Tall players practice their serve in training adjusting for the 1.15m mark. They know how high they can go so there's really no reason for them to check their serve height since they already know where to serve from. Thus there's really no psychological advantage.

    In fact, if short players don't reach the 1.15m mark, it's a disadvantage to serve lower. I'd think short players will also train to adjust their serve to be as high as the 1.15m mark.
     
  14. The old man

    The old man New Member

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    Whilst it is clearly true that the shorter player will have (and should have) the advantage (your word) of not having to worry about being called for foul serving, this only redresses the current iniquity of being frequently called for foul serving.
    One reason I raised this matter with BE, and thus BWF, was because I watched a short female player called for foul serving six times in one game, at the English Nationals whilst her male opponent, serving from a much greater height, was permitted by the rules to do so. At the end of the day, rules should be there to prevent a player from gaining an unfair advantage. However, the person gaining the advantage in this case was the taller player, certainly not the shorter player. As I said, EVERYONE strives to serve from as high a position as possible, in order to produce a 'lift' from the receiver, but the shorter person, up to now, has been denied this right.
    I am aware that all higher standard players have spent years, practising and honing their service to an extreme level and this change of rules will clearly affect taller players more: they will have to develop an entirely new service. This probably also occurred when the current service rules were introduced. I seem to remember the rules used to specify serving from waist height, and that the racket must be pointed downwards, and even that the highest point of the racket head should not be above any part of the hand.
    As I said, give it a fair trial.
     
  15. stanleyfm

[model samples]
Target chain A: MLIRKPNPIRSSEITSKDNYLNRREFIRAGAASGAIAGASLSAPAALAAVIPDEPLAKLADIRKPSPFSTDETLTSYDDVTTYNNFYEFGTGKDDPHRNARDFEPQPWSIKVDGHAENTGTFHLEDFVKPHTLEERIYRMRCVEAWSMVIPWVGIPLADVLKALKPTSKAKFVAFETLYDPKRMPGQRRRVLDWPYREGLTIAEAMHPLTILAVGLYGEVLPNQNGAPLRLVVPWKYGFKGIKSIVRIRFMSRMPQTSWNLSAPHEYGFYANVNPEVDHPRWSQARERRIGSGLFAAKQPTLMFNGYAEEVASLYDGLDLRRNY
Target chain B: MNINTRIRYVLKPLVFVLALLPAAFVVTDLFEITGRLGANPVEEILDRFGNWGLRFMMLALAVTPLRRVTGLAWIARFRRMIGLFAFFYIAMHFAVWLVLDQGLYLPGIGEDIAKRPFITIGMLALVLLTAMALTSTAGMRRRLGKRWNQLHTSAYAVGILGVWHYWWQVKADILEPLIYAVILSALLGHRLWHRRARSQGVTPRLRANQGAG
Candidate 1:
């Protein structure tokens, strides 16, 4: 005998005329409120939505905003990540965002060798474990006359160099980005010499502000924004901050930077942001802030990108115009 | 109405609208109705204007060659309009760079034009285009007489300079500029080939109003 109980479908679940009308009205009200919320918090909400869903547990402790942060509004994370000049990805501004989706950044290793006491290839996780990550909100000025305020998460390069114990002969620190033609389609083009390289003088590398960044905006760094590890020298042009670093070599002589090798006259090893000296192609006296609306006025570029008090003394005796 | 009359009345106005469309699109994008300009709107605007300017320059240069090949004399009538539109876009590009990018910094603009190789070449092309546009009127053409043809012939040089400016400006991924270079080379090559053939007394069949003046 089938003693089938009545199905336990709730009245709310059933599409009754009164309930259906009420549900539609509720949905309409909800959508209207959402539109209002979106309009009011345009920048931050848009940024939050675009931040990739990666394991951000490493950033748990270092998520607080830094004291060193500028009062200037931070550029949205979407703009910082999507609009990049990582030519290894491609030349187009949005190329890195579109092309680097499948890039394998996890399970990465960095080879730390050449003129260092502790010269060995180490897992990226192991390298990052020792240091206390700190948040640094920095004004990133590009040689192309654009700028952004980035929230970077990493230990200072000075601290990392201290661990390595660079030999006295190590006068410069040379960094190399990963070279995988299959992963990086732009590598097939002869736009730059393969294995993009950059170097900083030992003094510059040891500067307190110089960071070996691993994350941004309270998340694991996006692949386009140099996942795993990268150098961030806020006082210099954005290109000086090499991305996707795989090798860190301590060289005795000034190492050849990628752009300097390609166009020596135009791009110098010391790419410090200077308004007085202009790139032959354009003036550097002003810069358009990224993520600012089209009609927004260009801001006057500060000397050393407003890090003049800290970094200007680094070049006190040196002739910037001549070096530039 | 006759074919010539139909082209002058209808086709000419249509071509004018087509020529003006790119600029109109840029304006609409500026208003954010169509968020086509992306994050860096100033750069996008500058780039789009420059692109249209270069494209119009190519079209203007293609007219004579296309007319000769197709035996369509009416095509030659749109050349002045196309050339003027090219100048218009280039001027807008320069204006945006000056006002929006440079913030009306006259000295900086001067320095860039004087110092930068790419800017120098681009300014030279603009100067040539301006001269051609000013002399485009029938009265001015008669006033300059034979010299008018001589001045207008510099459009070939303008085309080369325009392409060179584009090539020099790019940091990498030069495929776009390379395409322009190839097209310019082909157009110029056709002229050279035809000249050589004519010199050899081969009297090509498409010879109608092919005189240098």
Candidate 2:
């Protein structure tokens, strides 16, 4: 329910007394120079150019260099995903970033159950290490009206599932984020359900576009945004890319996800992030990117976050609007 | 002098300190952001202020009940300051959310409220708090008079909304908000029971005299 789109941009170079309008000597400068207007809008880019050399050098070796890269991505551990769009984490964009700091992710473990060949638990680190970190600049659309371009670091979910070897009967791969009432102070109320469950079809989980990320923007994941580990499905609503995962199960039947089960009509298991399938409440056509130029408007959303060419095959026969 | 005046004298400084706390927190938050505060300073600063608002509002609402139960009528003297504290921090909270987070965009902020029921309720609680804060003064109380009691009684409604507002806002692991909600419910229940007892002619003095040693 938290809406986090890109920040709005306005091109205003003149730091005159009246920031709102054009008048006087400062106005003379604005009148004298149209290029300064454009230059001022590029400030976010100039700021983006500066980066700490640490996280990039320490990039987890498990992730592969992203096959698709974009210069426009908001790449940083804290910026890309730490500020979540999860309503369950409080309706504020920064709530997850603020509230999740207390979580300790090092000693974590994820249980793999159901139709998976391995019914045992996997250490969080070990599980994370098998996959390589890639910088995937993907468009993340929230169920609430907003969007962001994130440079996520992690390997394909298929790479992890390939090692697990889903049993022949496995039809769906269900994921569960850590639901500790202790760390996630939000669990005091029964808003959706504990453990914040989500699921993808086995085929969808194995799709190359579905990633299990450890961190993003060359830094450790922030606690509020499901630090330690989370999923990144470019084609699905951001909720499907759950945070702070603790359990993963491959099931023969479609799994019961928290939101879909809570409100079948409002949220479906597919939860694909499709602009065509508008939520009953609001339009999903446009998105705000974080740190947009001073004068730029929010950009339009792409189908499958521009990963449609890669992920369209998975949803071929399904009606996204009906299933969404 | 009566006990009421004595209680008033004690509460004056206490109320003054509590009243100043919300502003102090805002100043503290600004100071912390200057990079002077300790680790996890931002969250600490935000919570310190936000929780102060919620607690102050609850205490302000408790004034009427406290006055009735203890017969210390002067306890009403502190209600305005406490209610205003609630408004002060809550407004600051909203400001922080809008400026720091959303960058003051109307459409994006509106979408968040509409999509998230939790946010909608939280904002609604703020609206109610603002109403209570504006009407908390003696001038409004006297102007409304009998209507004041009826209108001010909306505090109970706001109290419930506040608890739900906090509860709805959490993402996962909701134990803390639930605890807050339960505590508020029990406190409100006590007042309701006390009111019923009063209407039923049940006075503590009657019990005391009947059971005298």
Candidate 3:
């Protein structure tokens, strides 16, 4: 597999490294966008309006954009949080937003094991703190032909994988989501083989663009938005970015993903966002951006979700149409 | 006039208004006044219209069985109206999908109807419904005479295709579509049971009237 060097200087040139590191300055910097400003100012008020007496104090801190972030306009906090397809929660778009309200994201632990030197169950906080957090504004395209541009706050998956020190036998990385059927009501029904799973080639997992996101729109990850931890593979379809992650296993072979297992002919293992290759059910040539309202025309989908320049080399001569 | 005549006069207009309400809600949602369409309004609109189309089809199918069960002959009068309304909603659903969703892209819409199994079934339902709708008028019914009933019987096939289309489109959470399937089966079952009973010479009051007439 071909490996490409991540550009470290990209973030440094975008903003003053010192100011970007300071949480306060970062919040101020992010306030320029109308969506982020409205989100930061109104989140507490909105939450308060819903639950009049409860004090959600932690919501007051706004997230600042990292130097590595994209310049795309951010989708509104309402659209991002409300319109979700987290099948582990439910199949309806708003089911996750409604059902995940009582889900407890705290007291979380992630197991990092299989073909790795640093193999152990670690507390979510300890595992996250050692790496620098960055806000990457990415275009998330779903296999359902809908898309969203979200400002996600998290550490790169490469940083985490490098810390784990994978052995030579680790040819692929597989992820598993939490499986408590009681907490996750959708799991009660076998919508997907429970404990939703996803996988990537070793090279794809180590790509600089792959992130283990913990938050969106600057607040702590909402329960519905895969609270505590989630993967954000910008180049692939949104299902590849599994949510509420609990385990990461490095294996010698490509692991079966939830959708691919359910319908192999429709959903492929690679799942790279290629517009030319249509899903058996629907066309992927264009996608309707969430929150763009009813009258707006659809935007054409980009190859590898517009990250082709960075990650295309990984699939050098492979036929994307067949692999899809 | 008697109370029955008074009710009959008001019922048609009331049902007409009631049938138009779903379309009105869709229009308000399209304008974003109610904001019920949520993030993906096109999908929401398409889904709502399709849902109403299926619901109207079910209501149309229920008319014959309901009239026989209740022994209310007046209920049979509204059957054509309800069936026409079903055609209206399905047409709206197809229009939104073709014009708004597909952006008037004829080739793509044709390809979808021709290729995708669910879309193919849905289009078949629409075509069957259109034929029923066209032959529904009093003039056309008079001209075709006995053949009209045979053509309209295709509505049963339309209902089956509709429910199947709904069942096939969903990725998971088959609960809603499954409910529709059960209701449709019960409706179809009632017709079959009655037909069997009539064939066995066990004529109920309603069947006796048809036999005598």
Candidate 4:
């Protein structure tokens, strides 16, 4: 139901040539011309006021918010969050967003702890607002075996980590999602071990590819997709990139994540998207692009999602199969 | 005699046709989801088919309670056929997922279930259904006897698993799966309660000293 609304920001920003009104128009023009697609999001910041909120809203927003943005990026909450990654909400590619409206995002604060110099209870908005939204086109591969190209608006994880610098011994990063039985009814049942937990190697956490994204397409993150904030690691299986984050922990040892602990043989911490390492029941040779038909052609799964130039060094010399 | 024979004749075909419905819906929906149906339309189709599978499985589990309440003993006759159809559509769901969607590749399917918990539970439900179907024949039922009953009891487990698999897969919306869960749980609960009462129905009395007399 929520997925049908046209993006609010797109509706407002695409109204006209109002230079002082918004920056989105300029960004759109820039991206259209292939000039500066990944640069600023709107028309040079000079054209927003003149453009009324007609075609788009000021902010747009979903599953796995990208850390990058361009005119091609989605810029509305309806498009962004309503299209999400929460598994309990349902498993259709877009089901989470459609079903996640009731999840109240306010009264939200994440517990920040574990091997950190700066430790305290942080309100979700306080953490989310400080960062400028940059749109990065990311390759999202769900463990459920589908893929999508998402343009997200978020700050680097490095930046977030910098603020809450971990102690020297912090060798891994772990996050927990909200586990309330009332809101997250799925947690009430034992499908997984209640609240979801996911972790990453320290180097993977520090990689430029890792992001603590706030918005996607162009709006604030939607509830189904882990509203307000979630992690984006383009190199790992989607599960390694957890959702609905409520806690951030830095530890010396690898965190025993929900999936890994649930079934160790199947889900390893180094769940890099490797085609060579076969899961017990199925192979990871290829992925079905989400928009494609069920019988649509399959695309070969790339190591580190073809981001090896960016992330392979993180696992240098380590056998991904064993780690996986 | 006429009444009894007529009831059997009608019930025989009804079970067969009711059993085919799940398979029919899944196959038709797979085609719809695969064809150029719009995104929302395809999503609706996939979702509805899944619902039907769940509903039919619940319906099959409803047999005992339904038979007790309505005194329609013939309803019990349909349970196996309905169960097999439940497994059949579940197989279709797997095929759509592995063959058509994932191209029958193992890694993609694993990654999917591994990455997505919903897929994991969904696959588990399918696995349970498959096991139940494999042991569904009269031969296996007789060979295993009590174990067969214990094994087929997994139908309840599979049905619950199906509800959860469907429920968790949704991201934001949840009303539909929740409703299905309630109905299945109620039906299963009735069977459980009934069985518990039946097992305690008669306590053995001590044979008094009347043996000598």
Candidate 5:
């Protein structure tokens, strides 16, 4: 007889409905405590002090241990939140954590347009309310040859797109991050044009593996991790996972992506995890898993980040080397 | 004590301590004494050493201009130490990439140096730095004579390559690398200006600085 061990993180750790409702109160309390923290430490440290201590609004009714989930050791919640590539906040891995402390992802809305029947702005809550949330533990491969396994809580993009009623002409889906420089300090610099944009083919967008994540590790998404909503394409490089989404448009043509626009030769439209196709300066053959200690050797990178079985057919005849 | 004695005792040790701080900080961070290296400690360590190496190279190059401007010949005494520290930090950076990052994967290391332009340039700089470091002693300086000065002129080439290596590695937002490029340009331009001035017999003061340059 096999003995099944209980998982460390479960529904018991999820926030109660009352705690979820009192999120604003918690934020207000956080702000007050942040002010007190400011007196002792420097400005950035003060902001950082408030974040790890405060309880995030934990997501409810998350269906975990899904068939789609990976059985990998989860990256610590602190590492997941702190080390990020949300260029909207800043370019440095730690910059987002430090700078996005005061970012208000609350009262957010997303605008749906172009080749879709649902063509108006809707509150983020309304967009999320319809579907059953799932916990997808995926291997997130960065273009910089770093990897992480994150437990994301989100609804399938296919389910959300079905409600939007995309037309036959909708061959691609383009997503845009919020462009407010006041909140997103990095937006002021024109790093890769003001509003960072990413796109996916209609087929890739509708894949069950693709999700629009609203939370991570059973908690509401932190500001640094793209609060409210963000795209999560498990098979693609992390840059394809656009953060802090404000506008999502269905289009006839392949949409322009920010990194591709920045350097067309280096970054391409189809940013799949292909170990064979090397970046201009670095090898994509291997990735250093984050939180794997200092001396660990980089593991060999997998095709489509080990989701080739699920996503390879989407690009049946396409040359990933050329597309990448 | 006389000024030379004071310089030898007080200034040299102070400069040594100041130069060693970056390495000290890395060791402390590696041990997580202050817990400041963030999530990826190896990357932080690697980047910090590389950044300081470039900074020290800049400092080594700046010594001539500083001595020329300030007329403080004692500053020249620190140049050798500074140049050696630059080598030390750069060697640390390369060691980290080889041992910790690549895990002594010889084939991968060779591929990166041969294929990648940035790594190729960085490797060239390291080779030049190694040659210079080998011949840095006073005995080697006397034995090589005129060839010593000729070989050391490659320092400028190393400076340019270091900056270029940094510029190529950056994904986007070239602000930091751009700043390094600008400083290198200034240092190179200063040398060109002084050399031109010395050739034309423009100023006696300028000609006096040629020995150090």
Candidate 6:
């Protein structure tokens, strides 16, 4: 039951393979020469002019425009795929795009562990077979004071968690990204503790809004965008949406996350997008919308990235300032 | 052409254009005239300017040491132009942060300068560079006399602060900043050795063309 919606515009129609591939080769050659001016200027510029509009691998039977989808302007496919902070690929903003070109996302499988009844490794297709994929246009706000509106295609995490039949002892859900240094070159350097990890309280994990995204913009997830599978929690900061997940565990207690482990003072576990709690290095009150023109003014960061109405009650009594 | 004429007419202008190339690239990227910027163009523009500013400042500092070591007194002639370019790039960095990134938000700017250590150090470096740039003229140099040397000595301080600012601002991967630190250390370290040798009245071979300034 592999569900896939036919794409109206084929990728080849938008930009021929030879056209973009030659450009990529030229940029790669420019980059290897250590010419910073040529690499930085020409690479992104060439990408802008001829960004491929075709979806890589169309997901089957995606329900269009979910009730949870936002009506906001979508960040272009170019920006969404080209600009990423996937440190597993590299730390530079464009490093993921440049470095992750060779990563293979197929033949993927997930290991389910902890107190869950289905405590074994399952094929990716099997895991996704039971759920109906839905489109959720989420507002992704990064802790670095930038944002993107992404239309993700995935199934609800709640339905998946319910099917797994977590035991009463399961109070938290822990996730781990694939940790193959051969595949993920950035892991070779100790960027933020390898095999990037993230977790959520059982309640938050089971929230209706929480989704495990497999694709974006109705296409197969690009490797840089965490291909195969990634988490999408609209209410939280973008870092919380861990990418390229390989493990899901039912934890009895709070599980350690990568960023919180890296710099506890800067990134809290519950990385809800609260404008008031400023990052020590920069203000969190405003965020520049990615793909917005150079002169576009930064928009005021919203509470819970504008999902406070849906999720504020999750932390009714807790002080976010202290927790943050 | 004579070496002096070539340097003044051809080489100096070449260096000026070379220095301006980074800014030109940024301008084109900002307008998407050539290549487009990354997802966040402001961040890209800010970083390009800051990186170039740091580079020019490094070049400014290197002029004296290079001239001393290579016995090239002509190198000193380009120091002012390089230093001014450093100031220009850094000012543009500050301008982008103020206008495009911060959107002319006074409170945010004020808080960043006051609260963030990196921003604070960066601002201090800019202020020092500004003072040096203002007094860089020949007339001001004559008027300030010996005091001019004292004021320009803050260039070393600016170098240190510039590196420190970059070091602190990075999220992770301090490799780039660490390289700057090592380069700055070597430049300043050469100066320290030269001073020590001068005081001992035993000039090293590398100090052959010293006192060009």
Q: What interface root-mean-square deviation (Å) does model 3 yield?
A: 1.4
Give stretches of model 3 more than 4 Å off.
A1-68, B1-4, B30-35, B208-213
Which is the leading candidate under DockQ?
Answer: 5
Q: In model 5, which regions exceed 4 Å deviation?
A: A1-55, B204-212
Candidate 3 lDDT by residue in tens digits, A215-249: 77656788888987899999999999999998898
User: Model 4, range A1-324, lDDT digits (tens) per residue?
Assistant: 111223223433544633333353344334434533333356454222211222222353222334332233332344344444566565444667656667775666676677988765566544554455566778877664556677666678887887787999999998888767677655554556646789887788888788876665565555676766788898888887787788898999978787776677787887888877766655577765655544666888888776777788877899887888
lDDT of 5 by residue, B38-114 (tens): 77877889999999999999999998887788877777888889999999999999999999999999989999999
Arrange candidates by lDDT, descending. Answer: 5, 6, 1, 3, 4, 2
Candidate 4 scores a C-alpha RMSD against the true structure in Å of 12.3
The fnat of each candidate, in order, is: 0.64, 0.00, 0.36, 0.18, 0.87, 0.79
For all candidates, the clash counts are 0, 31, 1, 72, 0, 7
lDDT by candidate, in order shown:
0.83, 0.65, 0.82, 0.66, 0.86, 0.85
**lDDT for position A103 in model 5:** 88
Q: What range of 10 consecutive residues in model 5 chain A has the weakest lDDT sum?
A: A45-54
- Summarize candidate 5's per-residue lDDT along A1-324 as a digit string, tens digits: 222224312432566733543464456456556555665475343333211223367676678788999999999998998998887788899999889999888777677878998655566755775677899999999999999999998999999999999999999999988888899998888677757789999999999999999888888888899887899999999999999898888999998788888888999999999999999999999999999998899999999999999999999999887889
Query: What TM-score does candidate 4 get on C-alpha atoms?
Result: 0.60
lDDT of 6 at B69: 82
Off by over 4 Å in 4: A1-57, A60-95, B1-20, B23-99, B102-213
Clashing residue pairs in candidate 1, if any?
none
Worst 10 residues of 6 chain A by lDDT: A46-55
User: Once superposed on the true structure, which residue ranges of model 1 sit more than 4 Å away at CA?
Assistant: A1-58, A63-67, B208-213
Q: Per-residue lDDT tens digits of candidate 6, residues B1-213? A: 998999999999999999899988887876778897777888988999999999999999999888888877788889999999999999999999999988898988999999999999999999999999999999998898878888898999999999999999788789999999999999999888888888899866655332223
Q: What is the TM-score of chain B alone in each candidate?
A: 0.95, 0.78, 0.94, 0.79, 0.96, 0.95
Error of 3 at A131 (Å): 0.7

stanleyfm Regular Member

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    I never said to not give it a fair trial. I even said:
    I am bringing this up because I'm putting my shoes in everyone's shoes and to try to think the fairness aspect of the new rule.
    As you acknowledged by yourself that it has some disadvantage to the taller players confirm this unfairness.
    The question is whether this is fairer than the current rule? A.k.a. has development to the current state been (or will be) achieved?
    You say yes, while I am not 100% sure with it. That was why I brought up this matter and wrote this one to understand each player's category perspective:
    In the end, I even said:
     
  16. stanleyfm

    stanleyfm Regular Member

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    There is, and
    the answer is given not by me:

     
  17. pcll99

    pcll99 Regular Member

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  18. s_mair

    s_mair Regular Member

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  19. thyrif

    thyrif Regular Member

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    I think people in the 1.70 to 1.90 bracket should be able to serve fine withg the new rule. If players shorter or taller want t serve from exactly 1.15 it could be a very uncomfortable position. A short player might be stretching so high it will be hard to serve consistantly and the very tall player will serve so low it might be tough to get the right movement from the arm. (Although to be fair, this tall problem pretty much only exists in Denmark and the Netherlands :D)

    To be honest, though, I'm just in it for the laser grid at 1.15 during serving :cool:
     
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  20. pcll99

    pcll99 Regular Member

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    OMG! I feel so dumb :p